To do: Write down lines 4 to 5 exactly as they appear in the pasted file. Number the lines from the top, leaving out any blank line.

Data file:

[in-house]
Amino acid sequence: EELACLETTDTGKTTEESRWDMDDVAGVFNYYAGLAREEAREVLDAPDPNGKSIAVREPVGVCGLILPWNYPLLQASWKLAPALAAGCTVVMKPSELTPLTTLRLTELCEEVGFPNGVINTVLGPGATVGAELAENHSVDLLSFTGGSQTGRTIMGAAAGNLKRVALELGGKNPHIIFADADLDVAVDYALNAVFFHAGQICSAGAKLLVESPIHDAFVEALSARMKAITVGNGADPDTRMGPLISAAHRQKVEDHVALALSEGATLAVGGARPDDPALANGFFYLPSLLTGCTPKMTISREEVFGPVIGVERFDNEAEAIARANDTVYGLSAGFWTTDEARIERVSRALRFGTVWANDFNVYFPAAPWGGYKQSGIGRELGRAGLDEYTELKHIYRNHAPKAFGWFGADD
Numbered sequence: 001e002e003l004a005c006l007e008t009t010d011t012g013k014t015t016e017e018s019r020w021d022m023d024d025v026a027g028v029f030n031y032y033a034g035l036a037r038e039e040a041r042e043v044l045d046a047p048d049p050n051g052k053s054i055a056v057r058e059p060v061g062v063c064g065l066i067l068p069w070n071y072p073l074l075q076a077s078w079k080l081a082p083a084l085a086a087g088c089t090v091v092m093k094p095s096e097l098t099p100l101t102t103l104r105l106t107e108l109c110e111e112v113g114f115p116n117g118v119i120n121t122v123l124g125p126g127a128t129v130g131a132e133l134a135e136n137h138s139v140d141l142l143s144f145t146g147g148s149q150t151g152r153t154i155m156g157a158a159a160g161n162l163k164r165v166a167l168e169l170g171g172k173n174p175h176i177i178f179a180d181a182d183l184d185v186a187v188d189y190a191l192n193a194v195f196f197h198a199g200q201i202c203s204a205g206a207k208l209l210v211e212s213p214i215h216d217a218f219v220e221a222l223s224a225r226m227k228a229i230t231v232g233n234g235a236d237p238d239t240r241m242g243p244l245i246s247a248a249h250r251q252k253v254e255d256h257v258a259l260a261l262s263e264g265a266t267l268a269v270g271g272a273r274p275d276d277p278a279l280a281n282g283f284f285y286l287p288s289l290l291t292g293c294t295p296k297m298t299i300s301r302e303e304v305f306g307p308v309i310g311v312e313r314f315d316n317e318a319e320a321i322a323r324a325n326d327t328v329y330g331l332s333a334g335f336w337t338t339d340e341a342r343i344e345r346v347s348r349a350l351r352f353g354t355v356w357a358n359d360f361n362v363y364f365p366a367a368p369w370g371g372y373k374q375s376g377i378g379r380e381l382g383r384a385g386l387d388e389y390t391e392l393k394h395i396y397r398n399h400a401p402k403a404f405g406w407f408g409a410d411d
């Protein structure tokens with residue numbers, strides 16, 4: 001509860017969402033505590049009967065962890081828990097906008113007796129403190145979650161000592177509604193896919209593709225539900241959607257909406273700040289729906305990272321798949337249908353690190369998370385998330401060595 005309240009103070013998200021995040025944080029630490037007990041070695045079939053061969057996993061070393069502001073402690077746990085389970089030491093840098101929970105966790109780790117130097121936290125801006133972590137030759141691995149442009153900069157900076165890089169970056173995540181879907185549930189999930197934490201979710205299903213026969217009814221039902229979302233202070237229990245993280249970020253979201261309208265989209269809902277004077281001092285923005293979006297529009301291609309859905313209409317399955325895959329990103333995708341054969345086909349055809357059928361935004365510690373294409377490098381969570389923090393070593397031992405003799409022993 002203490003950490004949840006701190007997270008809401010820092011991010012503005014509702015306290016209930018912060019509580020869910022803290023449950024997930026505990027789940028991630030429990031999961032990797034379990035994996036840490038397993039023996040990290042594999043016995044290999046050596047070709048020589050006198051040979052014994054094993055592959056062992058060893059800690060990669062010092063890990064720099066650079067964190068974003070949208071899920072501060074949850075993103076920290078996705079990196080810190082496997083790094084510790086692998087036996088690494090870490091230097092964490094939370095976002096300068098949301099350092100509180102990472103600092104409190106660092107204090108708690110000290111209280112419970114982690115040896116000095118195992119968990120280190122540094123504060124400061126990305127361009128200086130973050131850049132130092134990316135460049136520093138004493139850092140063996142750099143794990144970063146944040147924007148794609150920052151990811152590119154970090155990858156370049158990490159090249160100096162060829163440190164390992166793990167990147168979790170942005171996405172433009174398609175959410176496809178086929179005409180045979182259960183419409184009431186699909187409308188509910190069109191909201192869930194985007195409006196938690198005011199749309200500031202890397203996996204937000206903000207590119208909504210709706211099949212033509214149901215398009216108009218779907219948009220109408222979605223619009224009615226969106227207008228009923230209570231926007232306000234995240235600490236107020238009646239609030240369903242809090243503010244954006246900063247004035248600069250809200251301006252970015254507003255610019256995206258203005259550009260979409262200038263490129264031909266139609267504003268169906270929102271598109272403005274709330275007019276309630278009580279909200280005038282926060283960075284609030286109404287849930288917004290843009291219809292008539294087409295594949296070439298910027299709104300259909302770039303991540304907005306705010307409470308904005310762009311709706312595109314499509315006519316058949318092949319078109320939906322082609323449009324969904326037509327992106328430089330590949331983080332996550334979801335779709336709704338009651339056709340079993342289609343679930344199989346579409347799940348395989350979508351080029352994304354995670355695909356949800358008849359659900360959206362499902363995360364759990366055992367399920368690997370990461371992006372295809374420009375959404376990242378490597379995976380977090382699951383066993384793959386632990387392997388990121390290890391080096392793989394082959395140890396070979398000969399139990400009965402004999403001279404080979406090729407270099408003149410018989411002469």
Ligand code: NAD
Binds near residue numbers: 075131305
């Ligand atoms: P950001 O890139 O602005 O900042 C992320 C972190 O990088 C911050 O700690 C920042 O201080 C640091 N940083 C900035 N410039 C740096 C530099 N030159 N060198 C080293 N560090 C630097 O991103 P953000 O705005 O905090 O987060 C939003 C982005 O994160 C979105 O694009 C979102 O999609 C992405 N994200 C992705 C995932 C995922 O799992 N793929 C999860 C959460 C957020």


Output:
């Protein structure tokens with residue numbers, strides 16, 4: 001509860017969402033505590049009967065962890081828990097906008113007796129403190145979650161000592177509604193896919209593709225539900241959607257909406273700040289729906305990272321798949337249908353690190369998370385998330401060595 005309240009103070013998200021995040025944080029630490037007990041070695045079939053061969057996993061070393069502001073402690077746990085389970089030491093840098101929970105966790109780790117130097121936290125801006133972590137030759141691995149442009153900069157900076165890089169970056173995540181879907185549930189999930197934490201979710205299903213026969217009814221039902229979302233202070237229990245993280249970020253979201261309208265989209269809902277004077281001092285923005293979006297529009301291609309859905313209409317399955325895959329990103333995708341054969345086909349055809357059928361935004365510690373294409377490098381969570389923090393070593397031992405003799409022993 002203490003950490004949840006701190007997270008809401010820092011991010012503005014509702015306290016209930018912060019509580020869910022803290023449950024997930026505990027789940028991630030429990031999961032990797034379990035994996036840490038397993039023996040990290042594999043016995044290999046050596047070709048020589050006198051040979052014994054094993055592959056062992058060893059800690060990669062010092063890990064720099066650079067964190068974003070949208071899920072501060074949850075993103076920290078996705079990196080810190082496997083790094084510790086692998087036996088690494090870490091230097092964490094939370095976002096300068098949301099350092100509180102990472103600092104409190106660092107204090108708690110000290111209280112419970114982690115040896116000095118195992119968990120280190122540094123504060124400061126990305127361009128200086130973050131850049132130092134990316135460049136520093138004493139850092140063996142750099143794990144970063146944040147924007148794609150920052151990811152590119154970090155990858156370049158990490159090249160100096162060829163440190164390992166793990167990147168979790170942005171996405172433009174398609175959410176496809178086929179005409180045979182259960183419409184009431186699909187409308188509910190069109191909201192869930194985007195409006196938690198005011199749309200500031202890397203996996204937000206903000207590119208909504210709706211099949212033509214149901215398009216108009218779907219948009220109408222979605223619009224009615226969106227207008228009923230209570231926007232306000234995240235600490236107020238009646239609030240369903242809090243503010244954006246900063247004035248600069250809200251301006252970015254507003255610019256995206258203005259550009260979409262200038263490129264031909266139609267504003268169906270929102271598109272403005274709330275007019276309630278009580279909200280005038282926060283960075284609030286109404287849930288917004290843009291219809292008539294087409295594949296070439298910027299709104300259909302770039303991540304907005306705010307409470308904005310762009311709706312595109314499509315006519316058949318092949319078109320939906322082609323449009324969904326037509327992106328430089330590949331983080332996550334979801335779709336709704338009651339056709340079993342289609343679930344199989346579409347799940348395989350979508351080029352994304354995670355695909356949800358008849359659900360959206362499902363995360364759990366055992367399920368690997370990461371992006372295809374420009375959404376990242378490597379995976380977090382699951383066993384793959386632990387392997388990121390290890391080096392793989394082959395140890396070979398000969399139990400009965402004999403001279404080979406090729407270099408003149410018989411002469």
Ligand code: NAD